Sovereign bonds tumbled and US equity futures fell Monday as economic risks from inflation and tightening monetary policy hit sentiment.
The US 10-year Treasury yield climbed past 2.5%, above a technical trendline that has served as a ceiling since the late 1980s. Bonds slid in Australia and New Zealand, while Japan’s 10-year rate reached 0.25% even as the Bank of Japan announced two unlimited buying operations to keep them below that level – the top of its allowed range. The dollar jumped and the yen weakened.
A key part of the Treasury bond curve inverted for the first time since 2006, as the yield on the five-year note rose above the 30-year. The development suggests fixed-income investors anticipate an economic downturn and perhaps even a recession as the Federal Reserve hikes interest rates.
S&P 500 and Nasdaq 100 contracts dipped and those for Europe wavered as investors also monitored Russia’s war in Ukraine. Most Asian shares lost ground, with Chinese technology stocks one of the few bright spots. The overall picture suggested a pause in the equity rally from war-induced lows.
West Texas Intermediate slid below $ 110 a barrel as a Covid-linked lockdown in Shanghai stirred concerns that China’s virus surge imperils oil demand. Gold retreated, while Bitcoin pushed past $ 47,000 to turn positive for 2022.
The war continues to disrupt supplies of key commodities, stoking inflation risks that are contributing to expectations of more aggressive Fed tightening. Traders are pricing in two full percentage points of Fed rate rises over the rest of 2022. Mobility restrictions in China may fan worries about rising costs.
“What is happening with China, it adds to the concerns of – does this add to the supply-chain disruption?” Mary Nicola, a global multi-asset portfolio manager at PineBridge Investments, said on Bloomberg Television.
Electric-vehicle maker Tesla Inc. plans to suspend production at its Shanghai plant for at least one day, people familiar with the matter said. Tesla has not yet informed employees whether it will extend the suspension, they said.
In the latest geopolitical developments, Ukrainian and Russian negotiating teams are set to resume in-person talks this week. President Joe Biden tried to temper comments calling for the removal of Vladimir Putin by saying the US is not seeking regime change in Moscow.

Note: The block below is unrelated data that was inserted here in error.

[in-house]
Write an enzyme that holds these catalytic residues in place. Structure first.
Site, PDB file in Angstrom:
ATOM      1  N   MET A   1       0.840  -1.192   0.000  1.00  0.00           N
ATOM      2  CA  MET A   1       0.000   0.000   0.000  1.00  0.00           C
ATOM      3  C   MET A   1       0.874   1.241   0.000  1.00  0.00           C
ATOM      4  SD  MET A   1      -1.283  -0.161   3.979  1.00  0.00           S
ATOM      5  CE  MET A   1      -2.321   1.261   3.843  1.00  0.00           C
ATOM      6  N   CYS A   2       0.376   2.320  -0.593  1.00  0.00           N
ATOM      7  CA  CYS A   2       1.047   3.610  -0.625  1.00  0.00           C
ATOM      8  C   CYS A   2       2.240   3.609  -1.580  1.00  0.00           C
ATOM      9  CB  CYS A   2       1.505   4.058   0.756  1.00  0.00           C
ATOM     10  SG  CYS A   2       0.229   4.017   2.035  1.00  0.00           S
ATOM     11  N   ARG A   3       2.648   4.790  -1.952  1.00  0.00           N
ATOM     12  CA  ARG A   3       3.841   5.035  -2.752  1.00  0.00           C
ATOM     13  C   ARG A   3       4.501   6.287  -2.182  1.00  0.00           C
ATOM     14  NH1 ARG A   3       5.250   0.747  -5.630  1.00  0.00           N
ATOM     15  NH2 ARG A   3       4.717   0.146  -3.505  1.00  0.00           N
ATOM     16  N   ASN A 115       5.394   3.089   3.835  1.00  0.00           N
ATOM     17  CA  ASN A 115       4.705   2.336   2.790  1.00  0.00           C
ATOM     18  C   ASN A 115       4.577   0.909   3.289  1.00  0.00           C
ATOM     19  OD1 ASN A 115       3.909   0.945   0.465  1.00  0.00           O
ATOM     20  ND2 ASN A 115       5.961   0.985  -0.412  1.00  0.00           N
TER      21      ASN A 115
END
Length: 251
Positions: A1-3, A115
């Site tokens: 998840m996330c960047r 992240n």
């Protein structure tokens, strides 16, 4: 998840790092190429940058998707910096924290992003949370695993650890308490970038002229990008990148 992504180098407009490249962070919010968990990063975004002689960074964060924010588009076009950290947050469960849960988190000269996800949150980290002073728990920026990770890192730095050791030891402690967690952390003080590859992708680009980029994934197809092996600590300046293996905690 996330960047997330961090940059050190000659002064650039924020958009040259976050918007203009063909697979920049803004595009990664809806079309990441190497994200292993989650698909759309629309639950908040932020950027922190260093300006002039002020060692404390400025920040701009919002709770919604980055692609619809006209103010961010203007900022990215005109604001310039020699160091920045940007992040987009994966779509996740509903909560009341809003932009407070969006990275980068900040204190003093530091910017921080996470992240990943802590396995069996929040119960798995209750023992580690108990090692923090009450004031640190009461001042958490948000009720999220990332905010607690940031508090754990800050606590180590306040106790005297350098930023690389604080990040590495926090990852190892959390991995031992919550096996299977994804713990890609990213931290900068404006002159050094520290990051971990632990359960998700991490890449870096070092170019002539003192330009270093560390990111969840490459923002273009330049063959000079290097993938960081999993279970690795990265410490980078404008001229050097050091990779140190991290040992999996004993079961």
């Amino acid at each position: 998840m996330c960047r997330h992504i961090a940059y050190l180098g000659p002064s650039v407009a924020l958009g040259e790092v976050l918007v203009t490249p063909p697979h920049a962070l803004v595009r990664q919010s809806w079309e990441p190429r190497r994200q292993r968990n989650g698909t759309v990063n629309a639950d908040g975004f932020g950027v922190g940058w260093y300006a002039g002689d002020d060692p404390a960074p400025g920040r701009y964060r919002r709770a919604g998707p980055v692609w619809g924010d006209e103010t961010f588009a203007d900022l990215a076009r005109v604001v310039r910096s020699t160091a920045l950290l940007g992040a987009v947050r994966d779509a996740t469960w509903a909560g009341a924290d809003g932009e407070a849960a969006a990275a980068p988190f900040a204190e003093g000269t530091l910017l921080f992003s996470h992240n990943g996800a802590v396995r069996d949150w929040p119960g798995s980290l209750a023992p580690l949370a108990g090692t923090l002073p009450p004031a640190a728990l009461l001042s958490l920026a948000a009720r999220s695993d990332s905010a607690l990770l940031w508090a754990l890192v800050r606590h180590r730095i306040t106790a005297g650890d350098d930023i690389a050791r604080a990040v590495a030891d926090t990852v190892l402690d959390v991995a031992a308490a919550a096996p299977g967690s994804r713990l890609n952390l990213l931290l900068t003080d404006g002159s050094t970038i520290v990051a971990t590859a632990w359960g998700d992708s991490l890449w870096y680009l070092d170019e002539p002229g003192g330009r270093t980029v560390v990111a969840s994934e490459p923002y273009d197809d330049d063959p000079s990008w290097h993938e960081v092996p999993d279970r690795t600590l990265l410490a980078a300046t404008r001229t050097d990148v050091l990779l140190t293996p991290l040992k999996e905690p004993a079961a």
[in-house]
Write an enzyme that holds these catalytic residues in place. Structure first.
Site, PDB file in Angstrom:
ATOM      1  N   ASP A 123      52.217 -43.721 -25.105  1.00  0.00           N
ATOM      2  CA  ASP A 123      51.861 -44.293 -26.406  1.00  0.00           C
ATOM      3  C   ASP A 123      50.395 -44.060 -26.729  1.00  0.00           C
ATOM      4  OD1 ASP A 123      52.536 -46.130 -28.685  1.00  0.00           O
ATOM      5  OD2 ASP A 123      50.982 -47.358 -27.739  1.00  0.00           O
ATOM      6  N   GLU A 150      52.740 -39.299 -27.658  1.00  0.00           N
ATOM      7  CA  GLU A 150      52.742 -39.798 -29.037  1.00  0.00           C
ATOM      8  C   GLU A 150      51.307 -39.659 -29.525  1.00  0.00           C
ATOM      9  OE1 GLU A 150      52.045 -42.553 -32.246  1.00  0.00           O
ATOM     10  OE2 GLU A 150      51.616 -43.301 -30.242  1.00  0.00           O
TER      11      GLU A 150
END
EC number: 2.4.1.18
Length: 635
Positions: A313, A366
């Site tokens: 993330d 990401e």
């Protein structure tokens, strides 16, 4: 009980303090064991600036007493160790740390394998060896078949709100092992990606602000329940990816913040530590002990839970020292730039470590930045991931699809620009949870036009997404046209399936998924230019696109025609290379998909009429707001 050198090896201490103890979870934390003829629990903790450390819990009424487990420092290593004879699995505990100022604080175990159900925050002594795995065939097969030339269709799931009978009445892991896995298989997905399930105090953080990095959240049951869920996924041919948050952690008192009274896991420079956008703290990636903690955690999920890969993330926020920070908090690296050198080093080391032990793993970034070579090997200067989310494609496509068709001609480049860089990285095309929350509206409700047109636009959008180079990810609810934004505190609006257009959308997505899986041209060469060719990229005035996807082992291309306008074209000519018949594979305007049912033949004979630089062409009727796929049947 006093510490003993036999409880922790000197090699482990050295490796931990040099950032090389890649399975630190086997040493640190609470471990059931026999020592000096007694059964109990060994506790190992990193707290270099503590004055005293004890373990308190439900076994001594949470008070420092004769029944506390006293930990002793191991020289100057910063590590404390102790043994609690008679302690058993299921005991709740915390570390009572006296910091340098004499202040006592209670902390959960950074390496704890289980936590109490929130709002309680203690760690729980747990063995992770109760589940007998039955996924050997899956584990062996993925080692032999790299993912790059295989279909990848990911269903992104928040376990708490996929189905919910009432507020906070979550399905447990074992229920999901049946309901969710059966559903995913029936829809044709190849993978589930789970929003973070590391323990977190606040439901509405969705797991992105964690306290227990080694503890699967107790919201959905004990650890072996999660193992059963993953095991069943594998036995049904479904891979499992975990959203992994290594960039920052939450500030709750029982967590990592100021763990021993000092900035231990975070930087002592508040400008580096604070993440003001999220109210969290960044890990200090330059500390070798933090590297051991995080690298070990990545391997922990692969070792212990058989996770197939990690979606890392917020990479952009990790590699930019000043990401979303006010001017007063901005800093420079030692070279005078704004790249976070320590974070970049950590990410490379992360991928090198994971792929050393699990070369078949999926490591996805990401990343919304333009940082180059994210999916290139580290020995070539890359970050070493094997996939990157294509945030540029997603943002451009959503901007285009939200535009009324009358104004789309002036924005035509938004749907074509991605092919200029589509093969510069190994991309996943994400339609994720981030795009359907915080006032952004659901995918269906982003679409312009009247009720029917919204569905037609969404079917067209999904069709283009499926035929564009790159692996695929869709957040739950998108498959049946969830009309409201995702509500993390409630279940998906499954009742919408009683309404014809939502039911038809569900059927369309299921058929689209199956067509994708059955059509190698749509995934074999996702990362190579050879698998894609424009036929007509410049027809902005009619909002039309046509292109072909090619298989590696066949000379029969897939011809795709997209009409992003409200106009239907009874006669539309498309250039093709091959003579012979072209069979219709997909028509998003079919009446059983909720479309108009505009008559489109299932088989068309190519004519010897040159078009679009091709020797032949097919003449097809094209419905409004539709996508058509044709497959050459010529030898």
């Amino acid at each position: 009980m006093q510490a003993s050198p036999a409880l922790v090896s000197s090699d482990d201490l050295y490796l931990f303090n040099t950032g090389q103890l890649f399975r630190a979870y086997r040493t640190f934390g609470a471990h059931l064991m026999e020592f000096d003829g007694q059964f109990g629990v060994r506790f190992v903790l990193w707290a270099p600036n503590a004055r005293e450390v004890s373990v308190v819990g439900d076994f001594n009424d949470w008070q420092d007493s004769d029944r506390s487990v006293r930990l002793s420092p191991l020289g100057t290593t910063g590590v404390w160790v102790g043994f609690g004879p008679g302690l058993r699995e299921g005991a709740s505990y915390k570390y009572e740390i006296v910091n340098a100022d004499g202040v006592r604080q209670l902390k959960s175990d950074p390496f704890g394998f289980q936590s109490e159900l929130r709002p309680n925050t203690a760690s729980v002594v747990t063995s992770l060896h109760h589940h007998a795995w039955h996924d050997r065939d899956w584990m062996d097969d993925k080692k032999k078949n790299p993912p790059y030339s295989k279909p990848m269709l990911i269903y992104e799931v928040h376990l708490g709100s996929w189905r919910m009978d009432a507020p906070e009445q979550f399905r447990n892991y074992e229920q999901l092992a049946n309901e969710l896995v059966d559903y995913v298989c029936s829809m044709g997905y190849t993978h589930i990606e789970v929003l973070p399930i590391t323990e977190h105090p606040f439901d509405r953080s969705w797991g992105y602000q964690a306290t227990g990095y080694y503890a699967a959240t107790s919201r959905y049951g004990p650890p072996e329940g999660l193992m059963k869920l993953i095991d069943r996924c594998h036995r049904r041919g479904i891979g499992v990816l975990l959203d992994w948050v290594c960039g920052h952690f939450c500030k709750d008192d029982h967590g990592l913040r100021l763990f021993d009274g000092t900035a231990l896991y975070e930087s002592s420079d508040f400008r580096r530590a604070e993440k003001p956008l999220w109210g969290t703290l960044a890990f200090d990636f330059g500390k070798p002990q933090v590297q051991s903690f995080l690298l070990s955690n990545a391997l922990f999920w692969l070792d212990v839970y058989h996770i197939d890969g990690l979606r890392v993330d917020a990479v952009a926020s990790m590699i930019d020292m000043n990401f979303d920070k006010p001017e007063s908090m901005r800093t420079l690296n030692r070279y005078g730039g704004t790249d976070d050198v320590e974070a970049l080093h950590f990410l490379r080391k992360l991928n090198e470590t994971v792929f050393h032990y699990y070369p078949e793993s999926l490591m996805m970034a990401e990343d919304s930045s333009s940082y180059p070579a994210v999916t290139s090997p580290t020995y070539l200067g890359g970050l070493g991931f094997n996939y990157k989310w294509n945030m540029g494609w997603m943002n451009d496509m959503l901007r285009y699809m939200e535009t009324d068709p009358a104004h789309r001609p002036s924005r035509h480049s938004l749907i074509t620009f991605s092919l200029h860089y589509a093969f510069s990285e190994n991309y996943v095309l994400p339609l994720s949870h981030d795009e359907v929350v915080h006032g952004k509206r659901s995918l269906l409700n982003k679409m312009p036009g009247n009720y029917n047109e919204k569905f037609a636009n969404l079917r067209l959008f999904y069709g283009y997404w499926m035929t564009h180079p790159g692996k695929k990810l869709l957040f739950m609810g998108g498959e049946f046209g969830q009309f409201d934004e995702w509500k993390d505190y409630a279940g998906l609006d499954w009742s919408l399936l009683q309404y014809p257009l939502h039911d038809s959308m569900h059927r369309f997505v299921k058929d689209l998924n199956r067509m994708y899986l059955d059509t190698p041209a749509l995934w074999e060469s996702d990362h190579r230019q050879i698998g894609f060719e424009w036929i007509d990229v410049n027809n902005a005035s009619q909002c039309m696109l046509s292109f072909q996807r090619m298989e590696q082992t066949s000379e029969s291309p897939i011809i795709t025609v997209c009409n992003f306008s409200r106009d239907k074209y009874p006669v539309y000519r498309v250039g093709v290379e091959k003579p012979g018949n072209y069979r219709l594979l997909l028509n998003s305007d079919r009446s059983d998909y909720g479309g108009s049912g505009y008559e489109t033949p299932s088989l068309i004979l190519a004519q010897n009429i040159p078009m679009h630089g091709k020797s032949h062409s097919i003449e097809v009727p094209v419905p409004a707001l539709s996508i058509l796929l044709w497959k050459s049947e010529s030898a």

Global shares have recovered from the lows sparked by Russia’s invasion, but questions remain about the durability of the equity market advance.
It may be that what we’re seeing is “more a bear-market rally,” Chris Weston, head of research with Pepperstone Financial Pty, wrote in a note. He added that investment flows related to portfolio rebalancing at the end of March and the first quarter could lead to “big and questionable moves.”
Some key events to watch this week:
- President Joe Biden due to release his 2023 budget, Monday
- Bank of England Governor Andrew Bailey to speak, Monday
- Australia’s annual budget, Tuesday
- Philadelphia Fed President Patrick Harker to speak, Tuesday
- US GDP, Wednesday
- Richmond Fed President Thomas Barkin to speak, Wednesday
- China manufacturing, non-manufacturing PMIs, Thursday
- OPEC and non-OPEC ministerial meeting to discuss production targets, Thursday
- New York Fed President John Williams to speak, Thursday
- US jobs report, Friday
Some of the main moves in markets:
- S&P 500 futures fell 0.5% as of 6:51 am in London. The S&P 500 rose 0.5% Friday
- Nasdaq 100 futures fell 0.6%. The Nasdaq 100 fell 0.1% Friday
- Japan’s Topix index shed 0.4%
- South Korea’s Kospi index was slightly changed
- Australia’s S & P / ASX 200 index rose 0.1%
- Hong Kong’s Hang Seng index increased 1%
- China’s Shanghai Composite index slipped 0.2%
- Euro Stoxx 50 futures climbed 0.1%
- The Japanese yen was at 123.21 per dollar, down 1%
- The offshore yuan was at 6.3920 per dollar, down 0.1%
- The Bloomberg Dollar Spot Index rose 0.4%
- The euro was at $ 1.0946
- The yield on 10-year Treasuries rose seven basis points to 2.54%
- Australia’s 10-year yield rose 13 basis points to 2.90%
- West Texas Intermediate crude fell 3.8% to $ 109.53 a barrel
- Gold was at $ 1 937.29 an ounce, down 1.1%
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